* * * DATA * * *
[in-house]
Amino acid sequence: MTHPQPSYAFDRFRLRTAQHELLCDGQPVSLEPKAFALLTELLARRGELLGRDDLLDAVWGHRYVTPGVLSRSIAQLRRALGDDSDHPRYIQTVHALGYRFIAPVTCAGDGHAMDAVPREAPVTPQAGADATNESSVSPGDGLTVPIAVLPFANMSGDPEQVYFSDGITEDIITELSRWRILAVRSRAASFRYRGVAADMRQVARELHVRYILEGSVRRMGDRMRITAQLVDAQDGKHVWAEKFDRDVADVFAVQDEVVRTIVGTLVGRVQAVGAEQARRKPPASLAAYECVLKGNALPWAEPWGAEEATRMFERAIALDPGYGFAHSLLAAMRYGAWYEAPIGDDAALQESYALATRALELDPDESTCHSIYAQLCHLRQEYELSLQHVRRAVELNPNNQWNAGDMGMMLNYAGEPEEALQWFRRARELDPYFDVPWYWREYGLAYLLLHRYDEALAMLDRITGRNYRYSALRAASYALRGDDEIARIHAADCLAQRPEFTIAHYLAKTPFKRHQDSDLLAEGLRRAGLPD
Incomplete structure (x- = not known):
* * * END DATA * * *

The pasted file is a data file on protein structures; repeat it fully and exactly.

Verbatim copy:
[in-house]
Amino acid sequence: MTHPQPSYAFDRFRLRTAQHELLCDGQPVSLEPKAFALLTELLARRGELLGRDDLLDAVWGHRYVTPGVLSRSIAQLRRALGDDSDHPRYIQTVHALGYRFIAPVTCAGDGHAMDAVPREAPVTPQAGADATNESSVSPGDGLTVPIAVLPFANMSGDPEQVYFSDGITEDIITELSRWRILAVRSRAASFRYRGVAADMRQVARELHVRYILEGSVRRMGDRMRITAQLVDAQDGKHVWAEKFDRDVADVFAVQDEVVRTIVGTLVGRVQAVGAEQARRKPPASLAAYECVLKGNALPWAEPWGAEEATRMFERAIALDPGYGFAHSLLAAMRYGAWYEAPIGDDAALQESYALATRALELDPDESTCHSIYAQLCHLRQEYELSLQHVRRAVELNPNNQWNAGDMGMMLNYAGEPEEALQWFRRARELDPYFDVPWYWREYGLAYLLLHRYDEALAMLDRITGRNYRYSALRAASYALRGDDEIARIHAADCLAQRPEFTIAHYLAKTPFKRHQDSDLLAEGLRRAGLPD
Incomplete structure (x- = not known):